The message that we need to hide our sadness to be strong or to keep others happy needs to stop. Now.

Silhouette of one person helping another person up a large hill.

This post discusses the topics of homicide, suicide, and mental health.

If you’re thinking about suicide, are worried about a friend or loved one, or would like emotional support, the Lifeline network is available 24/7 across the United States. Dial 988 or go to the 988 Suicide & Crisis Lifeline website to learn more. Per their website, “people call to talk about lots of things: substance abuse, economic worries, relationships, sexual identity, getting over abuse, depression, mental and physical illness, and loneliness, to name a few.”

This post may be a little bumpy; I’m a bundle of emotions today, my friends.

I’m so tired of watching mental health constantly be overlooked and dismissed. After any act of domestic violence, people will rally, “Regulate guns!” and when other voices chime in “and resources for mental health!” there’s a large number of voicing arguing “this is a gun issue, not a mental health issue!” When the pandemic caused us to isolate and stay indoors, understandably there was concern over our physical health, yet where were the resources to support our mental health during this change?

On a personal level, after a rather traumatic birth experience, I remember feeling irritated whenever my doctor would come in and ask me about my pain on a scale of 1-10, and say nothing to check in on how I was doing emotionally. I was recovering from an unplanned c-section and had refused opioids as part of my pain management.. my physical pain was, I don’t know, 4? but I was so disconnected from that pain because all I could think about was how emotionally I felt like I was at an 11. My medical care team acted as though everything was rosy. The baby is ok, I’m “ok”, everything is “ok”. My son, now approaching his 4th birthday, is a highly sensitive individual. How much of that is his nervous system going on high alert because of a traumatic birth and a mother who didn’t receive adequate emotional support during his first weeks of life?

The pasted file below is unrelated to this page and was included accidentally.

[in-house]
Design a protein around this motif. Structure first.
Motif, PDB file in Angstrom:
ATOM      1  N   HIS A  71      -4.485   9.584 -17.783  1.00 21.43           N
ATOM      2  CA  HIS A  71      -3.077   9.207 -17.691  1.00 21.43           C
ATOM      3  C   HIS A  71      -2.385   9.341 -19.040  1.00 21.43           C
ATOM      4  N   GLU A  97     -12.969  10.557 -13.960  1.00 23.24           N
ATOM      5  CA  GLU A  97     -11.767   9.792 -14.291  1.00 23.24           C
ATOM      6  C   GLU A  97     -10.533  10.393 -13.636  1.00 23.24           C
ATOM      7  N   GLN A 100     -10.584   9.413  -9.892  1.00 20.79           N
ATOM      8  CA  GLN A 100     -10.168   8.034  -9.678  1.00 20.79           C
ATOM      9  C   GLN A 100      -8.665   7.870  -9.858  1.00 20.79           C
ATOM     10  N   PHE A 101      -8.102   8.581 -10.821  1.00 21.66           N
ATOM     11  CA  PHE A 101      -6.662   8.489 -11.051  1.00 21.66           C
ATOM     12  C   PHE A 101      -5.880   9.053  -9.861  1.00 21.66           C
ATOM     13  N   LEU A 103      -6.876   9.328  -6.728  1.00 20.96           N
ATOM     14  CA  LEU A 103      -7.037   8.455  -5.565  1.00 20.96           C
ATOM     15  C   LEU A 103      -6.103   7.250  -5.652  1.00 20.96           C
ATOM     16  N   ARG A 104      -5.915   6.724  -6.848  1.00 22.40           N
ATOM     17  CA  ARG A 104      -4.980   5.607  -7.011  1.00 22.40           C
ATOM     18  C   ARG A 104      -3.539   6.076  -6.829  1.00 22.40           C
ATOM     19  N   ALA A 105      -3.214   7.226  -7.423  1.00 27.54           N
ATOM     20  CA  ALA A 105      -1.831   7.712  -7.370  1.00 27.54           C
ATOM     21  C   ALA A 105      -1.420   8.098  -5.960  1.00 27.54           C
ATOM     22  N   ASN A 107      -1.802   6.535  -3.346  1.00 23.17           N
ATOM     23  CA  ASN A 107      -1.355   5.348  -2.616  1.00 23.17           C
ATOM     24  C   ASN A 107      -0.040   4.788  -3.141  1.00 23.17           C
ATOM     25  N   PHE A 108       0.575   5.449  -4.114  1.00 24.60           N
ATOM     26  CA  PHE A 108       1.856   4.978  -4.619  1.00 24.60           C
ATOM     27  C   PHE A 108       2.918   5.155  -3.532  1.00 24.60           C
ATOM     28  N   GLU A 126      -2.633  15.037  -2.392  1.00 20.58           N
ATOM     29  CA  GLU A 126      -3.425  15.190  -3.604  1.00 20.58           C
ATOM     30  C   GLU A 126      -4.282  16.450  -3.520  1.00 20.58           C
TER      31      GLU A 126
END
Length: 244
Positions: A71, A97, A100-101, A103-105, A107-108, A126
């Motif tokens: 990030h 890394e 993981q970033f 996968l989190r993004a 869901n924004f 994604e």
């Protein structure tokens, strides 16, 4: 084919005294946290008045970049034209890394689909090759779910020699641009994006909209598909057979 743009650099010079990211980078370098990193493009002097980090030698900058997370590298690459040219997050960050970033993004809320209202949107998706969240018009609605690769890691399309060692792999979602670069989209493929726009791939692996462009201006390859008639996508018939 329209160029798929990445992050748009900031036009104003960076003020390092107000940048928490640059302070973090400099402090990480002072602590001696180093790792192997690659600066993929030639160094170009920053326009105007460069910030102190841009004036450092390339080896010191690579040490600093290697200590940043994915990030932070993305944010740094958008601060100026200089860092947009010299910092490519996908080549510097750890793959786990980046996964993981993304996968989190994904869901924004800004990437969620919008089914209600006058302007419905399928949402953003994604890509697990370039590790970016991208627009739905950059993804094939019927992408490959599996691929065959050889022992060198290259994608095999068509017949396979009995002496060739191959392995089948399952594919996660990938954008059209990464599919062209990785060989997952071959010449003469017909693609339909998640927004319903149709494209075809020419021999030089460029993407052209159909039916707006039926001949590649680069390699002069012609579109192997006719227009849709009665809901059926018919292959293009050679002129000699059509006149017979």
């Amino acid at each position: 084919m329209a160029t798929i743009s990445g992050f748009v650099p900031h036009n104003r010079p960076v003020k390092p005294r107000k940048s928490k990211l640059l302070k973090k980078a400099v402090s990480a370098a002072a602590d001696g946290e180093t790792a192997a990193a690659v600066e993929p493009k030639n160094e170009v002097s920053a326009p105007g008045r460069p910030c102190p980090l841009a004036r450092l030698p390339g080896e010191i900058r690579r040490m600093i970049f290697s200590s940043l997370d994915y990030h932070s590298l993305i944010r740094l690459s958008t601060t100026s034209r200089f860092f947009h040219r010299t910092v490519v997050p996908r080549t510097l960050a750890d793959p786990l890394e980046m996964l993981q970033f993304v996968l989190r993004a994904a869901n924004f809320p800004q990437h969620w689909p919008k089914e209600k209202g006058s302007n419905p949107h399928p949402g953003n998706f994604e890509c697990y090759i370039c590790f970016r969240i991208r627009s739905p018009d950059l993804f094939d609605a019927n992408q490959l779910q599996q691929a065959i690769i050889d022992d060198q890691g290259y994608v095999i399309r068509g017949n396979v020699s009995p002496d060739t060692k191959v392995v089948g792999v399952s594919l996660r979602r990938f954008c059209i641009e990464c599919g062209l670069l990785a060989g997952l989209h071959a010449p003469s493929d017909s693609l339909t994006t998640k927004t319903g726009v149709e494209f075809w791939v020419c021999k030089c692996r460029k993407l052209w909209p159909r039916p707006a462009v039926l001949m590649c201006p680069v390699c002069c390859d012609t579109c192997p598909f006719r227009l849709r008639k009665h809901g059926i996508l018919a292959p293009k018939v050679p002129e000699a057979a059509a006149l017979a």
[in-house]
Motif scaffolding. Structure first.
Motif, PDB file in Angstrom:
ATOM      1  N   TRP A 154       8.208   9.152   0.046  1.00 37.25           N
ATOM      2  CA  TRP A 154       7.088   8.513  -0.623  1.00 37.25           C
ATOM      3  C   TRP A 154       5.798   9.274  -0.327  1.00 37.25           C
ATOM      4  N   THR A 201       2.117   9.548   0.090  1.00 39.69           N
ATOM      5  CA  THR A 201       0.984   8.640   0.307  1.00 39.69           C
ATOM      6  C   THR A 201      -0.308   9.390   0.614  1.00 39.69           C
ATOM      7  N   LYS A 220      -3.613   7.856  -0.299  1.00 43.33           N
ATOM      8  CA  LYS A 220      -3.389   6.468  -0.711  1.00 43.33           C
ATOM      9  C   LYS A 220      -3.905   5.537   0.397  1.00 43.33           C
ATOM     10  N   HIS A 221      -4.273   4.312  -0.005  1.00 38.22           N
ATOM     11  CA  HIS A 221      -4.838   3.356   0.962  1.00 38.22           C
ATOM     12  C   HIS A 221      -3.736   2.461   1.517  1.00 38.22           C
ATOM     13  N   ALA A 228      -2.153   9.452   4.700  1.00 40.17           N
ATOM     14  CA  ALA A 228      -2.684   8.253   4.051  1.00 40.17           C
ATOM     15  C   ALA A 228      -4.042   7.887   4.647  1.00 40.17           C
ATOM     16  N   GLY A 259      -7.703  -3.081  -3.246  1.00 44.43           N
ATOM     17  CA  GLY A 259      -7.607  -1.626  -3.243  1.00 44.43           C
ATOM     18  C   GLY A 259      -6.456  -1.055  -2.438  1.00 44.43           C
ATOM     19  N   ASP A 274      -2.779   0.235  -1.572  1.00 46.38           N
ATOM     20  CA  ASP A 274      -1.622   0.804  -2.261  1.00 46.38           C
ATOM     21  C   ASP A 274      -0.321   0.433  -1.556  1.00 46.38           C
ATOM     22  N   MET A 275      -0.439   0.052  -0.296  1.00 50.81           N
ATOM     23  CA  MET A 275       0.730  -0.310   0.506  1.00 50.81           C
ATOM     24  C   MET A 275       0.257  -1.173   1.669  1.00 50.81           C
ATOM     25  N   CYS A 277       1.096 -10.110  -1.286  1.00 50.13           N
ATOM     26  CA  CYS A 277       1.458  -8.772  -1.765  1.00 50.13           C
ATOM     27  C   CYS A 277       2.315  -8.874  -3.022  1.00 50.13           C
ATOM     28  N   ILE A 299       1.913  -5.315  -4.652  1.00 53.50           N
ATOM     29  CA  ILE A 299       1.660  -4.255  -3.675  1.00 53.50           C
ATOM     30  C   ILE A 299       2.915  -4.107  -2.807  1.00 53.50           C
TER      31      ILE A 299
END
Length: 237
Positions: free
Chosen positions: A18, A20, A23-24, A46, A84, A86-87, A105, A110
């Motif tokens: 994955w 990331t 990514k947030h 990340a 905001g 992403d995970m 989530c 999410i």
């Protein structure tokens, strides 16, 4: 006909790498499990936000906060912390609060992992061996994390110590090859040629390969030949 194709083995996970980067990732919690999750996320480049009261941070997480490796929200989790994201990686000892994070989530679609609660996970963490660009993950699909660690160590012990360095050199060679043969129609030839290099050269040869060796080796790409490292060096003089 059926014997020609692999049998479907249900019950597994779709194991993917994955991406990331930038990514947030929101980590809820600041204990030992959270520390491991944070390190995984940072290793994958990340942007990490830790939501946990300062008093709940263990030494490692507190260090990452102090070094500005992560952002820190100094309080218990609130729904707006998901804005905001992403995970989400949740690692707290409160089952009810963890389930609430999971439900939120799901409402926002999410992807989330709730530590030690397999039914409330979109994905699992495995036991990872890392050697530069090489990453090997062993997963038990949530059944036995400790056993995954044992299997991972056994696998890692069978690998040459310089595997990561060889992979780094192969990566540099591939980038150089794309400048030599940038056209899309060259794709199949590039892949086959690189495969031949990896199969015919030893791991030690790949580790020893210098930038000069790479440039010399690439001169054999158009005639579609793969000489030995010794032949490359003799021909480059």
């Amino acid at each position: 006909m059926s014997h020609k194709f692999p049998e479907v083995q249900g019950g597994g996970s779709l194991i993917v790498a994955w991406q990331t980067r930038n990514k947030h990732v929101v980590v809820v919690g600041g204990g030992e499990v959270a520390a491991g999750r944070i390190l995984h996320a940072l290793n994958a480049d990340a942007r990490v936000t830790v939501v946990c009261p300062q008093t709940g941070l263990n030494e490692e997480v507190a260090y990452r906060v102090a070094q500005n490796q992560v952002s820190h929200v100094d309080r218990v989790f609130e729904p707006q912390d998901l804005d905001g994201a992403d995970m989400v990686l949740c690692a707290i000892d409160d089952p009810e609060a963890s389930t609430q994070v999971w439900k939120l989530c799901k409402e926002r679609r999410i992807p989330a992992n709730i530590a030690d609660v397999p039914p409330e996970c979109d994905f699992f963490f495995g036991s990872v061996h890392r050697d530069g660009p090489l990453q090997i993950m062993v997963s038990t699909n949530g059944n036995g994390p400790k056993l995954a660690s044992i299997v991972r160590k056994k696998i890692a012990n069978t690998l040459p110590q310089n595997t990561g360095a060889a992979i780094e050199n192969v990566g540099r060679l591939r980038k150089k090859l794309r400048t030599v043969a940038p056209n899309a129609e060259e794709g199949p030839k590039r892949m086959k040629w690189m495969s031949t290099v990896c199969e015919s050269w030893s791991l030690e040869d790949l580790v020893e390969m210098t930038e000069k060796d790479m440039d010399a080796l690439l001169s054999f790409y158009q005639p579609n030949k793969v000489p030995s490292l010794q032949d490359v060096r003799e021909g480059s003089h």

At 6 weeks old, I took my second born daughter to the hospital for a fever. She was quickly diagnosed with COVID, but they wanted to keep her for more testing to make sure she didn’t also have a bacterial infection (which can be very dangerous for babies under 2 months old). I watched in horror as they tried and failed three times to draw blood from her while she wailed in fear and pain. “Don’t worry, she won’t remember this” I was told after I asked them to stop. But trauma is stored in the body in more ways than just what we can remember. One of humans’ great qualities is adaptability, and when we experience traumas, our bodies can be quick to adapt to protect us from having that type of experience again. To say that she won’t be negatively impacted from this experience moving forward is simply not a promise anyone could make.

1 in 5 people are affected by mental illness, which is often not limited to our mental state; mental health can also manifest as physical symptoms. For ages 15-44, suicide is the second leading cause of death — let that sink in: as scary as all the school shootings are (and they are scary), a statistically bigger threat to our high schoolers is the thoughts in their own brain.

As a mom, it has become a number one priority for me to teach my children that it’s safe and healthy to express their emotions. It’s an uphill battle in a blizzard. I have to unlearn my own emotional bottling tendencies so that I can model emotional expression and coping, and be less triggered by my children’s emotions. I’m also going against society. For every one time I show my kids it’s ok to cry, they receive countless more messages that it’s not, and I’m sure that goes double for my son. But if the world will not be a safe space for emotion, then I. Must. Be. If my children are having a hard time, they have to know that they can come to me, that I will support them through whatever it is and love them no less. It’s not perfect; I’m sure many times despite my best efforts, I will give my kids unintentional messaging that emotions aren’t safe because it’s been so thoroughly ingrained in me, but my goodness, I have to try.

And maybe I have to start speaking out… when I hear someone say “Boys don’t cry” or “Big kids don’t cry” or “You’re making so-and-so sad when you cry” perhaps I should respond with, “When I feel sad, sometimes crying is exactly what I need to feel better.” The messaging that we need to hide our sadness to keep others happy needs to stop.

Yes, let’s have discussions on access to and restriction of weapons AND let’s have discussions on supporting mental wellness. There’s no need to shut down one discussion in favor of the other; both are important.

I’m reminded of the quote from Legally Blonde: “Happy people just don’t kill their husbands. They just don’t.” Sure, it’s overly simplistic and comes from a silly movie, but I believe there’s some truth in it. “Happy” is probably the wrong word… because that’s a feeling and feelings will always ebb and flow. But I firmly believe that people who feel secure and safe to exist in the world as they are and to seek help when they need it do not harm themselves or others. They just don’t. We need to do better as a society to make this world a safer, more welcoming place for us all and when someone says they are struggling, we need to take them seriously.

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